African Health Sciences

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Pattern and microbiological characteristics of diabetic foot ulcers in a Nigerian tertiary hospital

Obumneme Anyim, Christian Okafor, Ekenechukwu Young, Ijeoma Obumneme-Anyim, Chidimma Nwatu


Purpose: To determine the pattern and bacteriological characteristics of diabetic foot ulcers in patients attending a tertiary health care facility.

Method: 160 Patients with Diabetes Mellitus foot syndrome were recruited, out of which 52 had diabetic foot ulcers. Relevant clinical, biochemical, and microbiological evaluations were carried out on the subjects. Data analysis was done using SPSS ver- sion 20. p value was set at <0.05.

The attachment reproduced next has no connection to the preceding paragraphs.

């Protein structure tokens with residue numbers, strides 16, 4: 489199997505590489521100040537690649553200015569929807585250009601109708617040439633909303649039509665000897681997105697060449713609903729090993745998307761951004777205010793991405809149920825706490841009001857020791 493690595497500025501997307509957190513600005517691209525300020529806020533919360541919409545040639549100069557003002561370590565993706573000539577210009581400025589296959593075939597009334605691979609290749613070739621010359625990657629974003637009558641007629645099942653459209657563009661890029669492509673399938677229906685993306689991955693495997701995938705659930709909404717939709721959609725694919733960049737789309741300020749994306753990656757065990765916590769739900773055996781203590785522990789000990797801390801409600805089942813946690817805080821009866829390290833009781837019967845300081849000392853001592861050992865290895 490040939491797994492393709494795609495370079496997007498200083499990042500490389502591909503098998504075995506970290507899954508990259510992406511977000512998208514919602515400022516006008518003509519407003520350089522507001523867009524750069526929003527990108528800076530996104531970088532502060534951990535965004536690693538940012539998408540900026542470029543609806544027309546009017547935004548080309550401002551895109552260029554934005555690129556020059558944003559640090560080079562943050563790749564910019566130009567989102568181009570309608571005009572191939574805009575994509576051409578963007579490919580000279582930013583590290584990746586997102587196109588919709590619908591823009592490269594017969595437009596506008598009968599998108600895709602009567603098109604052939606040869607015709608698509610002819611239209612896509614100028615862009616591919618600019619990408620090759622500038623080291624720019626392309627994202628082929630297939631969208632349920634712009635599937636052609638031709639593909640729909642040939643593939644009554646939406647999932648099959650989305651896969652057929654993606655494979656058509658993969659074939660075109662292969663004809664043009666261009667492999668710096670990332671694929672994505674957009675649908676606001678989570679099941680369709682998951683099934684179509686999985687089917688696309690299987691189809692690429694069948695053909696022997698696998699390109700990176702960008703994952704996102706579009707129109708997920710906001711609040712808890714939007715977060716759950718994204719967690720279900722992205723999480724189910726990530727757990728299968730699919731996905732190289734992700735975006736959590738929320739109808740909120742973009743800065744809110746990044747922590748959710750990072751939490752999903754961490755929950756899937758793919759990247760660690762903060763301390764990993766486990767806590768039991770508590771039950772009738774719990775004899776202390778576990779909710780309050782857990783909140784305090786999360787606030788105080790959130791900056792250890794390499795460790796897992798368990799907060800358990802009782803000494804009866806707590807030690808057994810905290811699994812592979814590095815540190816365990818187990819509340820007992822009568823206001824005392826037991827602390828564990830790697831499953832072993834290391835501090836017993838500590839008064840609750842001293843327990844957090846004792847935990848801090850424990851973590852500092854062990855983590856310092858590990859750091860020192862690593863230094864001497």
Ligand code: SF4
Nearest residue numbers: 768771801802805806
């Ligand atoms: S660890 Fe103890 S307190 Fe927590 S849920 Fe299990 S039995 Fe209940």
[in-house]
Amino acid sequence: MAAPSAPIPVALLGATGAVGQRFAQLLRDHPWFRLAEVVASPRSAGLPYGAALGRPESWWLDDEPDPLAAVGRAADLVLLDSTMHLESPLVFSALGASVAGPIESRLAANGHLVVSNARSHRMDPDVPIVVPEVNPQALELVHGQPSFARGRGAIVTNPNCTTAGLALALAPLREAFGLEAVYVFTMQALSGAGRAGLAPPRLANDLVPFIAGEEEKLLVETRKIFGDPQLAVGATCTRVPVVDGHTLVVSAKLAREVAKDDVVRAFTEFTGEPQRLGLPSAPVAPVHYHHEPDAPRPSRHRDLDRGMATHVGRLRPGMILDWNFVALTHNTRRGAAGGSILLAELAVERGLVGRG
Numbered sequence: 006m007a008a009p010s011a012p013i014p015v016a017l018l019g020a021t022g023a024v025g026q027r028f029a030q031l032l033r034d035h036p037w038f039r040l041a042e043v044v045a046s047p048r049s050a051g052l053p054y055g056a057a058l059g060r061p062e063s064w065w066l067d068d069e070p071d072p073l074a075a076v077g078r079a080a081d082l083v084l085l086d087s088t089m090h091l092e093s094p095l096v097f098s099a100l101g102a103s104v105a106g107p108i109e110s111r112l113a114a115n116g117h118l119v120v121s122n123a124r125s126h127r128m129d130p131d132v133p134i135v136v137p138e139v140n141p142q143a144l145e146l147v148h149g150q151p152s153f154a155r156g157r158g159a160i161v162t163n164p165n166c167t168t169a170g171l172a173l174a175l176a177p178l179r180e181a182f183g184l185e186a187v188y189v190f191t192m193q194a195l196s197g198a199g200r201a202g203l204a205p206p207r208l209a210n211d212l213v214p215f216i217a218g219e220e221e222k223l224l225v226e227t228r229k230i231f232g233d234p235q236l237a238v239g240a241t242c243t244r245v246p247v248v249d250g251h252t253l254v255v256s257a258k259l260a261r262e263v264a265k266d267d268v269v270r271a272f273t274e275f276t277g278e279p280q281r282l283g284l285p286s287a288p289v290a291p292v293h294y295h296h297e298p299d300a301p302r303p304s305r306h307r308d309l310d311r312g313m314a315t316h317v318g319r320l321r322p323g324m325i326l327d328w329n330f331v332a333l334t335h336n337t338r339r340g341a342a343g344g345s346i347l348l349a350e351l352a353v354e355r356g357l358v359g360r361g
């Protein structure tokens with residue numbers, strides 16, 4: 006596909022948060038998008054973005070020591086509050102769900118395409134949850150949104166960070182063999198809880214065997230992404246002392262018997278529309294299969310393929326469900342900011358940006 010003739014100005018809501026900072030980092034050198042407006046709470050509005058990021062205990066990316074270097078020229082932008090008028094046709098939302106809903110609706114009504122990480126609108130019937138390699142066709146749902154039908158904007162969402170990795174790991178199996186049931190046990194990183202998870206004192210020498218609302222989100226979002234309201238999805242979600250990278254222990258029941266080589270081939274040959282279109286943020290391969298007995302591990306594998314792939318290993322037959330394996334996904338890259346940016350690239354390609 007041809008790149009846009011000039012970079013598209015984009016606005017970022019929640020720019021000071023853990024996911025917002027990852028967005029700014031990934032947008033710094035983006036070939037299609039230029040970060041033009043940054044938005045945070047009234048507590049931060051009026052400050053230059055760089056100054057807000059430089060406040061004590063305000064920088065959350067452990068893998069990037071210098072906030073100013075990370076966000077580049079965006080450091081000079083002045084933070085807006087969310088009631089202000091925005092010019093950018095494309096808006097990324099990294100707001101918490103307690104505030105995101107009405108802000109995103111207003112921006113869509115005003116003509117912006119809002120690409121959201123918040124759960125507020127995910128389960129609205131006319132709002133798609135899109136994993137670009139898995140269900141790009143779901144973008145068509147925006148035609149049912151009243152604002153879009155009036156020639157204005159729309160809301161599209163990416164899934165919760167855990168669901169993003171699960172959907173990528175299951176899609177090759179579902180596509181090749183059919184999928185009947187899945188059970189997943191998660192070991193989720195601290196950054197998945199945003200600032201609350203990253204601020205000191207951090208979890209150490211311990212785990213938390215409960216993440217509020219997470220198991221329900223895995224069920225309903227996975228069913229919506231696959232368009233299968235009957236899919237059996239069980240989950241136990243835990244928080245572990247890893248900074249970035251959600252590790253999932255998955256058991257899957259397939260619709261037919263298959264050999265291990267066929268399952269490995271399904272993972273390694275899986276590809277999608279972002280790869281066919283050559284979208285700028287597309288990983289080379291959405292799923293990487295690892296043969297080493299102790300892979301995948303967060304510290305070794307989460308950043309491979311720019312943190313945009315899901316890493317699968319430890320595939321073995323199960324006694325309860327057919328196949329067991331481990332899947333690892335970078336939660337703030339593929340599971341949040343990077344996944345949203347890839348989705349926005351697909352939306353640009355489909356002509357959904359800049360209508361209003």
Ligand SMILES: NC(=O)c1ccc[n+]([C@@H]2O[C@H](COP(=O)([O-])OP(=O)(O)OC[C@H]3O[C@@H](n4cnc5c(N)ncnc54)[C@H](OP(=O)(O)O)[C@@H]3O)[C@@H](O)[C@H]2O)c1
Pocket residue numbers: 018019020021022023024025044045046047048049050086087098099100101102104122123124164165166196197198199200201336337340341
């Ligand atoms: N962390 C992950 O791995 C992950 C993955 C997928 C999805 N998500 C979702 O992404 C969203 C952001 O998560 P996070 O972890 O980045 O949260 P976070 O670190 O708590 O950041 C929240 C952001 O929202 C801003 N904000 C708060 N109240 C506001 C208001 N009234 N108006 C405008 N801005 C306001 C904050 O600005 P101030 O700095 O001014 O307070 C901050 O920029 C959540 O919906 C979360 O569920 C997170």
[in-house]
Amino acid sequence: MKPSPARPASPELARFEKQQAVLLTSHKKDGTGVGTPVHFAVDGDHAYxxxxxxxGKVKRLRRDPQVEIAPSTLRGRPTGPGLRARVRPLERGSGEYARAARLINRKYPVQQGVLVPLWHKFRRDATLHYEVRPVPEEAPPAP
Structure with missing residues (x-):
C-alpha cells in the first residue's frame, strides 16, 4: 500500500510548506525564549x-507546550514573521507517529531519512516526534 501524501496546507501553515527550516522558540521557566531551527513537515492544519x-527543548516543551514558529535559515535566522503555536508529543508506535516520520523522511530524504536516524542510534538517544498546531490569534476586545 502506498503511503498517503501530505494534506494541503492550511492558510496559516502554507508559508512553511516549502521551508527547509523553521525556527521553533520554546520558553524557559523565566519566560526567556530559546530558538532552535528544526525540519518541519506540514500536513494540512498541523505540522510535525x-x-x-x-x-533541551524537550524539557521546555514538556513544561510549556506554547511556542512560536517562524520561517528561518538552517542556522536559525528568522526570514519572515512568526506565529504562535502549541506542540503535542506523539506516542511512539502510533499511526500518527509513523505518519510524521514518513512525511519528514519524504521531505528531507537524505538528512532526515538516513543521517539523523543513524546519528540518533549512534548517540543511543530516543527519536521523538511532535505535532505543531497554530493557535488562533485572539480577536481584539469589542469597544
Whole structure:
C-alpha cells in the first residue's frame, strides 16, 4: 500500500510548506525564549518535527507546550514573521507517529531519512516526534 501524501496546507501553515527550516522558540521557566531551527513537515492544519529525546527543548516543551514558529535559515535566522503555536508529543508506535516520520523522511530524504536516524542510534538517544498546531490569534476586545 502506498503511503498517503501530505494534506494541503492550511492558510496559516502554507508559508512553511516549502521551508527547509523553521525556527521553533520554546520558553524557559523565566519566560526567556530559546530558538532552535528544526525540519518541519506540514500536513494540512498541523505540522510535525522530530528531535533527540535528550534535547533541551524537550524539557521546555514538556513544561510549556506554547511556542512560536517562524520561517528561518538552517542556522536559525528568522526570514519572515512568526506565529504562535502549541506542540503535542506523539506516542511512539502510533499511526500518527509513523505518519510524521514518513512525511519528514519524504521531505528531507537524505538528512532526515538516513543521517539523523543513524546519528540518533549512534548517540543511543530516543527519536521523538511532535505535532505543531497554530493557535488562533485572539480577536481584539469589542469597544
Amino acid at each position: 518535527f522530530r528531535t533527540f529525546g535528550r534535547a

Results: 52 (32.5%) out of 160 subjects with Diabetes Mellitus Foot Syndrome (DMFS) had diabetic foot ulcers. Poor glycaemic control (mean HbA1c = 9.2 (2.7) %), and abuse of antibiotics (76.9%) characterized the subjects. Foot ulcers mainly involved the right lower limb and followed spontaneous blister formation (50%). Microbiological culture pattern was polymicrobial (71.2%); predominantly anaerobic organisms (53.3%). Gram positive and negative aerobic isolates yielded high sensitivity to common quinolones (76% - 87.8%). The gram positive and negative anaerobic isolates were highly sensitive to Clindamycin and Metroni- dazole respectively (80.2% - 97.8%). High sensitivity (>80%) yield for gram negative anaerobes was recorded for Imipinem and Ampicillin/Sulbactam.

Conclusion: Diabetic foot ulcers (DFU) contribute about one-third of DMFS. The bacteriological isolates from these ulcers are mainly polymicrobial with high sensitivity to common antibiotics. The need for appropriate use of antibiotics should be advocated among the patients.

Keywords: Diabetes mellitus, antibiotic sensitivity, Nigeria.
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